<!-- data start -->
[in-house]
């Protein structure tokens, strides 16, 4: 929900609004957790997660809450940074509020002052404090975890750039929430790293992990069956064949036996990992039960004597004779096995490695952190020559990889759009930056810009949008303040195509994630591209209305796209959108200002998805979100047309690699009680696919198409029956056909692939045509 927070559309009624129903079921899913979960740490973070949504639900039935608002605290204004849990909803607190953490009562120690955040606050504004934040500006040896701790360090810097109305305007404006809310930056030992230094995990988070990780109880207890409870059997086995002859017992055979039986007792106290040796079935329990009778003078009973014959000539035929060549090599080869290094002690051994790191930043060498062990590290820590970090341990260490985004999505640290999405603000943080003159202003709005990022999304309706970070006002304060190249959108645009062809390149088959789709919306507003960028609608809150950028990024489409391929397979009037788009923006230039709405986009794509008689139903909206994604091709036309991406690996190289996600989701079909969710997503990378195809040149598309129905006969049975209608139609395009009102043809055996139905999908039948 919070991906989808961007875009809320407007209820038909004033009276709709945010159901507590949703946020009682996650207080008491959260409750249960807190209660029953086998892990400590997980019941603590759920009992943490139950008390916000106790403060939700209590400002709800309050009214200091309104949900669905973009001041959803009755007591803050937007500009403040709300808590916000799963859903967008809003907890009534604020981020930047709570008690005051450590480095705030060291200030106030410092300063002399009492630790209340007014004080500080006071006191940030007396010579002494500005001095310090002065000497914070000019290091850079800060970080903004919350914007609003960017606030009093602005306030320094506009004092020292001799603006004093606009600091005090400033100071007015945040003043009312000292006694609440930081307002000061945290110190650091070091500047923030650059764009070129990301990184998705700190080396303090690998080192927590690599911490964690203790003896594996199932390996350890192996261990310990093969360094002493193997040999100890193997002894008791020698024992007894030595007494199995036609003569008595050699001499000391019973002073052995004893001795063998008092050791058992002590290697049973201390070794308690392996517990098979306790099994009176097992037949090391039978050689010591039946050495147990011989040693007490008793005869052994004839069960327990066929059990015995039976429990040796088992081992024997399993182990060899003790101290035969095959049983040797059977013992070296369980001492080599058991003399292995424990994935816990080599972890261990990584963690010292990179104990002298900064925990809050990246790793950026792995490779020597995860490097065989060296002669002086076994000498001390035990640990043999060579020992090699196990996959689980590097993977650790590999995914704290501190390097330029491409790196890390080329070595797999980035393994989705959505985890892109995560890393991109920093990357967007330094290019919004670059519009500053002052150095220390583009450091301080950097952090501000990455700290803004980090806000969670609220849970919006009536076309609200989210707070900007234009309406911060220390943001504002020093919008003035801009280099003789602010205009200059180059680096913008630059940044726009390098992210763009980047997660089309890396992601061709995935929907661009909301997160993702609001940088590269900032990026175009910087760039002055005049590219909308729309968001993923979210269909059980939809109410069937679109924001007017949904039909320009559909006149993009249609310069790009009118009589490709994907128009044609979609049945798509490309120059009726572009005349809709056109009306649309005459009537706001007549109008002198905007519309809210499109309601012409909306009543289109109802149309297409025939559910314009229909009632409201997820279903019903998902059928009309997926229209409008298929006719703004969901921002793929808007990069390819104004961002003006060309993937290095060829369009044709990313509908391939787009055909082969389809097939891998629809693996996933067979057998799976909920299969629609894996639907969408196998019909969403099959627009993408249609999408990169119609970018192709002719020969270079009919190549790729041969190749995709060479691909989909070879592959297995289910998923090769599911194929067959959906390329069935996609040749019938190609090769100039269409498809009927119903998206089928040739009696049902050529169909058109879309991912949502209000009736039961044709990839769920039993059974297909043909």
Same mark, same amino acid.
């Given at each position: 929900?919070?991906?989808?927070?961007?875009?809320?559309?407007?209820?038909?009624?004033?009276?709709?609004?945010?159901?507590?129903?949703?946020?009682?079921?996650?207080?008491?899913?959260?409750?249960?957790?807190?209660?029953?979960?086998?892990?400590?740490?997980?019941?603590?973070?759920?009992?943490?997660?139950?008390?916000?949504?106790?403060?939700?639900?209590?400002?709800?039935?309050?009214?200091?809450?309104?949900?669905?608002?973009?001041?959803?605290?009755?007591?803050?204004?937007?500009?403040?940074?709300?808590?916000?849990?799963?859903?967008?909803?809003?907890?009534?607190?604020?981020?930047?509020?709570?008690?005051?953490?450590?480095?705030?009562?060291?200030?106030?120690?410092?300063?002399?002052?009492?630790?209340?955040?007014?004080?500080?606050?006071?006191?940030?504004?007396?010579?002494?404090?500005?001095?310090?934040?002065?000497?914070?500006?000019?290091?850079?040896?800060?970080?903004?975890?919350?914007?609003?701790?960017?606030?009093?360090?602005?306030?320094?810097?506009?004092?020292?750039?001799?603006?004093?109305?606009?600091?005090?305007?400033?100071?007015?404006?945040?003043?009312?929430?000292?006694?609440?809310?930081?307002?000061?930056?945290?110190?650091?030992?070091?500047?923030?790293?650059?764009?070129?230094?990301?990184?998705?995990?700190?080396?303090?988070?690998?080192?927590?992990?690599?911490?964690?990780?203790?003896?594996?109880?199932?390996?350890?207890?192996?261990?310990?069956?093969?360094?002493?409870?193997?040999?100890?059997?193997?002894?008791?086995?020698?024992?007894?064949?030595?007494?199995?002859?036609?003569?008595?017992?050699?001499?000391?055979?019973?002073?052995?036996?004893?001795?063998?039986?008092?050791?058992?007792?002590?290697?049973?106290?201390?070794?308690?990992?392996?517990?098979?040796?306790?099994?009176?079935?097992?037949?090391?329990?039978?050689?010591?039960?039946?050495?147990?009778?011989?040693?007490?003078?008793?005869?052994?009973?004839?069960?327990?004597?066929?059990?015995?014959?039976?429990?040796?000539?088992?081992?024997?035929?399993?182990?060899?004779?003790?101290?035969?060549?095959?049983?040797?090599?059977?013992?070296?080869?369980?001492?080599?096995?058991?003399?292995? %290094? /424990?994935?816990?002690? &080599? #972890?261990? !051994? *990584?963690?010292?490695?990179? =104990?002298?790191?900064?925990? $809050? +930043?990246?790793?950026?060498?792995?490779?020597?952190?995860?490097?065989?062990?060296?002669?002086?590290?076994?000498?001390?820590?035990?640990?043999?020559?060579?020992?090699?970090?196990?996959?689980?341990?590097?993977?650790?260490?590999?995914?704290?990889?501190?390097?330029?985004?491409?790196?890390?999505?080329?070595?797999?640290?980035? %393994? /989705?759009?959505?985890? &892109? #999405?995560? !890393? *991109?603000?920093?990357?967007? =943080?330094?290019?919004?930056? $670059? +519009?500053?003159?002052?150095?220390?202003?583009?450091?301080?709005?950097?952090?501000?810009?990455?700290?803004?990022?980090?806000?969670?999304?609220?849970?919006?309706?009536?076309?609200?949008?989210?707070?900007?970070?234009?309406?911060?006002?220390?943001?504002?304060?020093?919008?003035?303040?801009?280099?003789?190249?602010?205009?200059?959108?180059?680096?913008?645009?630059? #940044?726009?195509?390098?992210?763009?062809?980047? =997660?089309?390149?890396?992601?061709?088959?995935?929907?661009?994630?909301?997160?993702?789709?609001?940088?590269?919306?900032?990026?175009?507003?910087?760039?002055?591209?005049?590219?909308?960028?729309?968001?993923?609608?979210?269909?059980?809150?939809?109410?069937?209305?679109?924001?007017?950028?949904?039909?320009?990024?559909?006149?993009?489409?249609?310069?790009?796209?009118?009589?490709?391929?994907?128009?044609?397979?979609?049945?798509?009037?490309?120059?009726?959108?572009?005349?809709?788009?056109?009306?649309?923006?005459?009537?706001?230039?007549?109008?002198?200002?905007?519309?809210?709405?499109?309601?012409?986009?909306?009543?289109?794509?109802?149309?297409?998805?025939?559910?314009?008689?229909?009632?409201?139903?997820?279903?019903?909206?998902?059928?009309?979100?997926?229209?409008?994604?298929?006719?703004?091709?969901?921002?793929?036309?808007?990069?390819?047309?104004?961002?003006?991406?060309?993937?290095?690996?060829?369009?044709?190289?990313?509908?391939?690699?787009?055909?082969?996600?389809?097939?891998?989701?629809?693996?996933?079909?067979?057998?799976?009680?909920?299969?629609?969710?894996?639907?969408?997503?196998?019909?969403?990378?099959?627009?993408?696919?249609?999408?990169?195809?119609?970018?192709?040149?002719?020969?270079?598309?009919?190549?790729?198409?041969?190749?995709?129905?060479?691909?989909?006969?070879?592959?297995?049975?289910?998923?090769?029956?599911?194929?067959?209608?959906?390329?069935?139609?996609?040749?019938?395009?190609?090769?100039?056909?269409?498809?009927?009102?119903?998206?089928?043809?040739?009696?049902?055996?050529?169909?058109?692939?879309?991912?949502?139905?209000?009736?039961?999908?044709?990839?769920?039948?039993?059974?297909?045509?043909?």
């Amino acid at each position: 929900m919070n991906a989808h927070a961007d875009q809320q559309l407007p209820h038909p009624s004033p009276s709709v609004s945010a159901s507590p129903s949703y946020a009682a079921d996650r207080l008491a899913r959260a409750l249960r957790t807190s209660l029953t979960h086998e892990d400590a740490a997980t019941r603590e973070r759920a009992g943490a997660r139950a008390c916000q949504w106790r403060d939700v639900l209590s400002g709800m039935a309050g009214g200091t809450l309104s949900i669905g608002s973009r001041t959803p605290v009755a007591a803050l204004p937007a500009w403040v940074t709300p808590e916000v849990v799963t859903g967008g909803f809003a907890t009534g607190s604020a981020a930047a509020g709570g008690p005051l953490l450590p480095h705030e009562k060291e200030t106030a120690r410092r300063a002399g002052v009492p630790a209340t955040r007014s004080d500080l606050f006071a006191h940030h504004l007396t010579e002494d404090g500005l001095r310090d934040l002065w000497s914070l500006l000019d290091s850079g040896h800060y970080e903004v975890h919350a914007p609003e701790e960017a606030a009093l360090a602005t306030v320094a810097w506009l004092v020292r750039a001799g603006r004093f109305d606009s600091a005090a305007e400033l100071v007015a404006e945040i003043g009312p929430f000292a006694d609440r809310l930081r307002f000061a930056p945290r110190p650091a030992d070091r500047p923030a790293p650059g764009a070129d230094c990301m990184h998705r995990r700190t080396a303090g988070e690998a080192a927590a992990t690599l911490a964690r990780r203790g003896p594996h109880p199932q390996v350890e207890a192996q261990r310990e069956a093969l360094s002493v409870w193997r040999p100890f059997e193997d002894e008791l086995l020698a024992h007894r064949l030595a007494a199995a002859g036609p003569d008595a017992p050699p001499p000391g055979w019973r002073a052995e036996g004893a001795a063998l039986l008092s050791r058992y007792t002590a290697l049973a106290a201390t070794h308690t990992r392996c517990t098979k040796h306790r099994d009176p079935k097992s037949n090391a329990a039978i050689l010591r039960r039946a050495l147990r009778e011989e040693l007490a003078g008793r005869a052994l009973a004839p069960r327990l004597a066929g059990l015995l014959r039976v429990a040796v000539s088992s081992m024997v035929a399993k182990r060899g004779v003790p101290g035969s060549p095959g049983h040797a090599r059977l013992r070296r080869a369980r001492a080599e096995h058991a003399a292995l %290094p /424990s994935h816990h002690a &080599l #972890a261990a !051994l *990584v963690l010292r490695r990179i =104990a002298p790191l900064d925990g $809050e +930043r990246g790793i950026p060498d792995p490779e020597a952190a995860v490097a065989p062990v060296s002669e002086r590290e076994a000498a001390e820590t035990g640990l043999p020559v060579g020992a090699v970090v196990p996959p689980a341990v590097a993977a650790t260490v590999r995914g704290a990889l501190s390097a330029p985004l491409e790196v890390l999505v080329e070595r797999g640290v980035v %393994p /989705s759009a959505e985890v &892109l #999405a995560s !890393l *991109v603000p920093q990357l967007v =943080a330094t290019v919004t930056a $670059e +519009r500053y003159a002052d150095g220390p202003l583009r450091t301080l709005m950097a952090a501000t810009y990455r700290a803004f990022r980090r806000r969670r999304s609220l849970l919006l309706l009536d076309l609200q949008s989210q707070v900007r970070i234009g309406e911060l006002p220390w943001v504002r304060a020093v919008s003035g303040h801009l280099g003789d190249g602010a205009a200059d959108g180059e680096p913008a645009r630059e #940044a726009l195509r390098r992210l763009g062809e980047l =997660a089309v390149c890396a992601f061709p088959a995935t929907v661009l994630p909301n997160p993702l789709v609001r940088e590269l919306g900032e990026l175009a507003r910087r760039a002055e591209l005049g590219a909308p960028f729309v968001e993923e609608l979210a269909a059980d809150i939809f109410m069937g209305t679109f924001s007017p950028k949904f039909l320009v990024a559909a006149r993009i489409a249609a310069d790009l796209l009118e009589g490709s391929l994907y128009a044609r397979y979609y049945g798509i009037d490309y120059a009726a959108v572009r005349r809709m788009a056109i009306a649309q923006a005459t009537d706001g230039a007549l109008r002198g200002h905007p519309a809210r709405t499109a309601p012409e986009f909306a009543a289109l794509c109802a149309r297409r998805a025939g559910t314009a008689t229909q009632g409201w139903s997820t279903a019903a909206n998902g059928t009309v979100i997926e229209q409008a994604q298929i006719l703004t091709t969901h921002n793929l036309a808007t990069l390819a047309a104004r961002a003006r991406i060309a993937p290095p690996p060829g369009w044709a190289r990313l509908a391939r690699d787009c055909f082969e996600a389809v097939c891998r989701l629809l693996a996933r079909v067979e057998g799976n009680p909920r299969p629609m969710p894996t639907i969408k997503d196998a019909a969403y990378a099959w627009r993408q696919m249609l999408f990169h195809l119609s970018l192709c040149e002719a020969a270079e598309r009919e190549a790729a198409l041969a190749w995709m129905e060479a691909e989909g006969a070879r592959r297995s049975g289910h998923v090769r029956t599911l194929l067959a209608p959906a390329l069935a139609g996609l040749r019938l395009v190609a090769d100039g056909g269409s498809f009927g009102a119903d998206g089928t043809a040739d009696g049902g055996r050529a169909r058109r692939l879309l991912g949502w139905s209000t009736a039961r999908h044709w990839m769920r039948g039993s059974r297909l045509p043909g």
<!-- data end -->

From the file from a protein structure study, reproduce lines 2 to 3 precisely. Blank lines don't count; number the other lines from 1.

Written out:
């Protein structure tokens, strides 16, 4: 929900609004957790997660809450940074509020002052404090975890750039929430790293992990069956064949036996990992039960004597004779096995490695952190020559990889759009930056810009949008303040195509994630591209209305796209959108200002998805979100047309690699009680696919198409029956056909692939045509 927070559309009624129903079921899913979960740490973070949504639900039935608002605290204004849990909803607190953490009562120690955040606050504004934040500006040896701790360090810097109305305007404006809310930056030992230094995990988070990780109880207890409870059997086995002859017992055979039986007792106290040796079935329990009778003078009973014959000539035929060549090599080869290094002690051994790191930043060498062990590290820590970090341990260490985004999505640290999405603000943080003159202003709005990022999304309706970070006002304060190249959108645009062809390149088959789709919306507003960028609608809150950028990024489409391929397979009037788009923006230039709405986009794509008689139903909206994604091709036309991406690996190289996600989701079909969710997503990378195809040149598309129905006969049975209608139609395009009102043809055996139905999908039948 919070991906989808961007875009809320407007209820038909004033009276709709945010159901507590949703946020009682996650207080008491959260409750249960807190209660029953086998892990400590997980019941603590759920009992943490139950008390916000106790403060939700209590400002709800309050009214200091309104949900669905973009001041959803009755007591803050937007500009403040709300808590916000799963859903967008809003907890009534604020981020930047709570008690005051450590480095705030060291200030106030410092300063002399009492630790209340007014004080500080006071006191940030007396010579002494500005001095310090002065000497914070000019290091850079800060970080903004919350914007609003960017606030009093602005306030320094506009004092020292001799603006004093606009600091005090400033100071007015945040003043009312000292006694609440930081307002000061945290110190650091070091500047923030650059764009070129990301990184998705700190080396303090690998080192927590690599911490964690203790003896594996199932390996350890192996261990310990093969360094002493193997040999100890193997002894008791020698024992007894030595007494199995036609003569008595050699001499000391019973002073052995004893001795063998008092050791058992002590290697049973201390070794308690392996517990098979306790099994009176097992037949090391039978050689010591039946050495147990011989040693007490008793005869052994004839069960327990066929059990015995039976429990040796088992081992024997399993182990060899003790101290035969095959049983040797059977013992070296369980001492080599058991003399292995424990994935816990080599972890261990990584963690010292990179104990002298900064925990809050990246790793950026792995490779020597995860490097065989060296002669002086076994000498001390035990640990043999060579020992090699196990996959689980590097993977650790590999995914704290501190390097330029491409790196890390080329070595797999980035393994989705959505985890892109995560890393991109920093990357967007330094290019919004670059519009500053002052150095220390583009450091301080950097952090501000990455700290803004980090806000969670609220849970919006009536076309609200989210707070900007234009309406911060220390943001504002020093919008003035801009280099003789602010205009200059180059680096913008630059940044726009390098992210763009980047997660089309890396992601061709995935929907661009909301997160993702609001940088590269900032990026175009910087760039002055005049590219909308729309968001993923979210269909059980939809109410069937679109924001007017949904039909320009559909006149993009249609310069790009009118009589490709994907128009044609979609049945798509490309120059009726572009005349809709056109009306649309005459009537706001007549109008002198905007519309809210499109309601012409909306009543289109109802149309297409025939559910314009229909009632409201997820279903019903998902059928009309997926229209409008298929006719703004969901921002793929808007990069390819104004961002003006060309993937290095060829369009044709990313509908391939787009055909082969389809097939891998629809693996996933067979057998799976909920299969629609894996639907969408196998019909969403099959627009993408249609999408990169119609970018192709002719020969270079009919190549790729041969190749995709060479691909989909070879592959297995289910998923090769599911194929067959959906390329069935996609040749019938190609090769100039269409498809009927119903998206089928040739009696049902050529169909058109879309991912949502209000009736039961044709990839769920039993059974297909043909």
Same mark, same amino acid.